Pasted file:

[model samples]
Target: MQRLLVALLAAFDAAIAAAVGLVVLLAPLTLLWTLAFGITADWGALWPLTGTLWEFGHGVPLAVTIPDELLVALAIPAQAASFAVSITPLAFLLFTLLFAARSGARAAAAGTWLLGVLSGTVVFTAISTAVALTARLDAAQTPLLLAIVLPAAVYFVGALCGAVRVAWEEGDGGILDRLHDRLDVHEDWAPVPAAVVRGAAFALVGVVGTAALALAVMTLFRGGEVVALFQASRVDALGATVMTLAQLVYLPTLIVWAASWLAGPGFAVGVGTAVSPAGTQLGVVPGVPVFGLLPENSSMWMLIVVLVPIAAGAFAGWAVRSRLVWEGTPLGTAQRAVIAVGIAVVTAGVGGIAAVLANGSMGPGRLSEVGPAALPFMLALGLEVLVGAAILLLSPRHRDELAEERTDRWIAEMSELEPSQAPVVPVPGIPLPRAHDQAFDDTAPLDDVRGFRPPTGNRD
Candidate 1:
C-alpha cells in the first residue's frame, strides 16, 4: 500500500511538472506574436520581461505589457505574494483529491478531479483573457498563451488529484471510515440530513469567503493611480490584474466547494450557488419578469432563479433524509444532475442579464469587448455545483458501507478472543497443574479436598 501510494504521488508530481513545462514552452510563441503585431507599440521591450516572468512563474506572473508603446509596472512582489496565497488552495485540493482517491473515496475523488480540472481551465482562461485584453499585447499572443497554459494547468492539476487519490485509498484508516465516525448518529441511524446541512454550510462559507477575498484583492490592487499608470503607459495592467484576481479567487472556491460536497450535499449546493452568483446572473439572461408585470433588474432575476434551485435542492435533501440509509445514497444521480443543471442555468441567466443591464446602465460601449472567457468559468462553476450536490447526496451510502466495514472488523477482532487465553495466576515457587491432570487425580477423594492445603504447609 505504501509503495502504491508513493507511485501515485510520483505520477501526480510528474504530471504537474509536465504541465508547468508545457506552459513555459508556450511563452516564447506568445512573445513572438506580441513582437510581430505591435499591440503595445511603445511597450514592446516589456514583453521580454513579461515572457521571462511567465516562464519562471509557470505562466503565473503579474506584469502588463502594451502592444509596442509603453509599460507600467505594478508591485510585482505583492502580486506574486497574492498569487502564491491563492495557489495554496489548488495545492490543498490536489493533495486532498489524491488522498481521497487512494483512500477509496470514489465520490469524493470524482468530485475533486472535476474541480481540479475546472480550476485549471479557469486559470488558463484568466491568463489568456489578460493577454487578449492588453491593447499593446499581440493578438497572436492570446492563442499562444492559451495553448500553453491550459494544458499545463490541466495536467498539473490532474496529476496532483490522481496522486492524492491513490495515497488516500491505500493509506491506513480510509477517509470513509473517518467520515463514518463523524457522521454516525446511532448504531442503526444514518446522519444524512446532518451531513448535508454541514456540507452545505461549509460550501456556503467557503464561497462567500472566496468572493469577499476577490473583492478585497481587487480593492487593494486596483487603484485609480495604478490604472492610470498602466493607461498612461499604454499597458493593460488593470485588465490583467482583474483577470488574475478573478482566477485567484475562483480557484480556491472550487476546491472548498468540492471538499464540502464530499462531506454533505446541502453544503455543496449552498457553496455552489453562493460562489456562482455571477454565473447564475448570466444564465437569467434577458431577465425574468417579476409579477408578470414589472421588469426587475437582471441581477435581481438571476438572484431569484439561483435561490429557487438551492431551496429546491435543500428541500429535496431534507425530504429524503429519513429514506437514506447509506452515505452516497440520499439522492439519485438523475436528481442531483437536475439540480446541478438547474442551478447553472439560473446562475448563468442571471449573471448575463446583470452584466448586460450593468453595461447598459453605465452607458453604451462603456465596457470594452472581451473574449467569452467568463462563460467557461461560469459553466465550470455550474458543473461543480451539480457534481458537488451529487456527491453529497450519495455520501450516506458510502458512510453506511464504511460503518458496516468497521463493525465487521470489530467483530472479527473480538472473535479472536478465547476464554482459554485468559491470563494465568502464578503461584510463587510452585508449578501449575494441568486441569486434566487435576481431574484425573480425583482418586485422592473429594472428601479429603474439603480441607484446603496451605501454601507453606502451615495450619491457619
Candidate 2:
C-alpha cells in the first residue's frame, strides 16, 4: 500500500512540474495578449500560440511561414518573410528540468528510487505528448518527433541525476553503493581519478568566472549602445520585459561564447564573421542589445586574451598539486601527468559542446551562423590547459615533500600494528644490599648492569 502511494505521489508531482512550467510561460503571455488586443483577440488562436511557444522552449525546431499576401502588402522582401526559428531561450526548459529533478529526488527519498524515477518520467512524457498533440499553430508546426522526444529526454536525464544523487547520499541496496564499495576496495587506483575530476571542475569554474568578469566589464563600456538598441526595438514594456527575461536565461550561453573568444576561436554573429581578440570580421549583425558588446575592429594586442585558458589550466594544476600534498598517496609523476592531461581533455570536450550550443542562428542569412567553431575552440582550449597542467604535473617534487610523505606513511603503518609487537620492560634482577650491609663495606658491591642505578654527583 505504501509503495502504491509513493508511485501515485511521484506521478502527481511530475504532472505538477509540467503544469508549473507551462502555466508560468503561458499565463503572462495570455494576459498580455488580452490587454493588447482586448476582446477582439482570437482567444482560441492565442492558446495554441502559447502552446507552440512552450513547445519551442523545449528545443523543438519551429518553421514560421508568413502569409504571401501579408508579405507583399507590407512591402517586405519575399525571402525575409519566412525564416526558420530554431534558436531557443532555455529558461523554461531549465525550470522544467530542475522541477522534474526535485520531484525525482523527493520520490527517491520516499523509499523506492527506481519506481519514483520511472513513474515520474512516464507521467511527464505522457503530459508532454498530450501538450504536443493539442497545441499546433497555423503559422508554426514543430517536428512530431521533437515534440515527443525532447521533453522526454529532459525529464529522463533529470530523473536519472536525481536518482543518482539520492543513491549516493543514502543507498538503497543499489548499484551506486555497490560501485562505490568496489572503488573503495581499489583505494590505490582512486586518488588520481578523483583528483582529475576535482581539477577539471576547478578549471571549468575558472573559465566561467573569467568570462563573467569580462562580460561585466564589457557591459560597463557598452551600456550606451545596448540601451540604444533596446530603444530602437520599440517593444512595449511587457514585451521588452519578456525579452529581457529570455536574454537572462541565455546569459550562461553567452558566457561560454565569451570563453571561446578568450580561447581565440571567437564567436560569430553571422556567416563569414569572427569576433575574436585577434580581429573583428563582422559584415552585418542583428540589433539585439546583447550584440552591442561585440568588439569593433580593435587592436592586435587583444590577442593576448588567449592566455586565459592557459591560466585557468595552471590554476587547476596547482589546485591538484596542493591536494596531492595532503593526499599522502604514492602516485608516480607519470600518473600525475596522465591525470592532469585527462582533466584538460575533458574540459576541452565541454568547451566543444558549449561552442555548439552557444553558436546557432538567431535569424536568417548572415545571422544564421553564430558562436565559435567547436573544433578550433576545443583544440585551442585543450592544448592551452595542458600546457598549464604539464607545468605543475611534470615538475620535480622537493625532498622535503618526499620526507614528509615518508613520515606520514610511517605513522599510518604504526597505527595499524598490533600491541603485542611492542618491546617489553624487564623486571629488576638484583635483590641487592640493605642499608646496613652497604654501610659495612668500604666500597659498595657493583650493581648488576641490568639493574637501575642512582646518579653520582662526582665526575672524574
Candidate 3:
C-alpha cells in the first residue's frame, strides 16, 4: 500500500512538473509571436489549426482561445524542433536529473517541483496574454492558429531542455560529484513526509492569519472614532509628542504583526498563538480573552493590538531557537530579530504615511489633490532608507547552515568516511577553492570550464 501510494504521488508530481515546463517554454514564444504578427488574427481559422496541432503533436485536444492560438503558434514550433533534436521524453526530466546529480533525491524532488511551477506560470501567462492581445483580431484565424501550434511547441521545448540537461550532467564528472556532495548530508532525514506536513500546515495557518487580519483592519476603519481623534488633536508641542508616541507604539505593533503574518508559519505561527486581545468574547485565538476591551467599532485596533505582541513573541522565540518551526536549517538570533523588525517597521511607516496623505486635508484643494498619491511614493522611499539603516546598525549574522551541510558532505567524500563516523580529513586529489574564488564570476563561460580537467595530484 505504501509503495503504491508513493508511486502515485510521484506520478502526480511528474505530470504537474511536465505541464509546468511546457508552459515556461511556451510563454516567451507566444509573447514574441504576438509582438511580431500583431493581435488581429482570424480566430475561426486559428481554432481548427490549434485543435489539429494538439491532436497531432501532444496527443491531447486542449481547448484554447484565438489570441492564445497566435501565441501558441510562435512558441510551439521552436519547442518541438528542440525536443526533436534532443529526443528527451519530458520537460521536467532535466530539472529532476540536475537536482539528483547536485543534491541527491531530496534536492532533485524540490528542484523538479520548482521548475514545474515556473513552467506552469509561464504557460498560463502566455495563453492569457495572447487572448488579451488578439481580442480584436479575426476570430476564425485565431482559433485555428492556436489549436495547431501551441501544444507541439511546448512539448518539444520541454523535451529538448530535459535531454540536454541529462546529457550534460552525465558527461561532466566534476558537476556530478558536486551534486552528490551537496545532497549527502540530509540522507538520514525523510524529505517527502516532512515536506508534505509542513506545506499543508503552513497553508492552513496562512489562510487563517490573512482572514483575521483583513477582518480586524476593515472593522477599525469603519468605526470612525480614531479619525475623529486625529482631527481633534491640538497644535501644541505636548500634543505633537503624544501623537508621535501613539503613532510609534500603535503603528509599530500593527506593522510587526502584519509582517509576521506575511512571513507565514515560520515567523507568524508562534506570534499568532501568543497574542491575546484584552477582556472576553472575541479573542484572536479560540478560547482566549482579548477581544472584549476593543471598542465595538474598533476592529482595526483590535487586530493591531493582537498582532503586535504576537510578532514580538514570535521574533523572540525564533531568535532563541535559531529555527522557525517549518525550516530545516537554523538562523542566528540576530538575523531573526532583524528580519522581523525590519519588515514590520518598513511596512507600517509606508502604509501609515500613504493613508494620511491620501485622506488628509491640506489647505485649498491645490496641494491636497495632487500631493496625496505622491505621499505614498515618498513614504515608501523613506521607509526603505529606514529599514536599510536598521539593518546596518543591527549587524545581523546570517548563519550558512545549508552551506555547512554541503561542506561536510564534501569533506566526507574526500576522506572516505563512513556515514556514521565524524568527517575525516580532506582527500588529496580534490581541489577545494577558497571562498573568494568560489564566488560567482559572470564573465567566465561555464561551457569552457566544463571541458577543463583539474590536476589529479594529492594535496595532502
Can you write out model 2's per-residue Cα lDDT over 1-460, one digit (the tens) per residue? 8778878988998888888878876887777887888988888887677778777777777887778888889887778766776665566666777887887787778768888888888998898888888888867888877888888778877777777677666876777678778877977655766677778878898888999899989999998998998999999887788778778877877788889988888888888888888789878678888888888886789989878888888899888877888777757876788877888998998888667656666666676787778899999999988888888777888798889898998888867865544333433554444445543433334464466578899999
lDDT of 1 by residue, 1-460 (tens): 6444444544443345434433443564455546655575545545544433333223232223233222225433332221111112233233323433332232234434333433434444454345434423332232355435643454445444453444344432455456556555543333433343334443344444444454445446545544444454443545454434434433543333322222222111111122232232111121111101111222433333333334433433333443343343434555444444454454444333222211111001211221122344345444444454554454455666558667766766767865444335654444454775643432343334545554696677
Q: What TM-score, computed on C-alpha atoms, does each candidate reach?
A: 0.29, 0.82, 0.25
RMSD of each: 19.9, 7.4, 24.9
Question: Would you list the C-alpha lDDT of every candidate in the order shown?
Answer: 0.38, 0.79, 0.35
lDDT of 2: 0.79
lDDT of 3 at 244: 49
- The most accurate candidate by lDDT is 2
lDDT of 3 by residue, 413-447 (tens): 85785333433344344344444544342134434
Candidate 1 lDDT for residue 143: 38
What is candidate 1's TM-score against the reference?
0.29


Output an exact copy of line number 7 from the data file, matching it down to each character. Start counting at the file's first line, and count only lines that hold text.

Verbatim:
Candidate 3: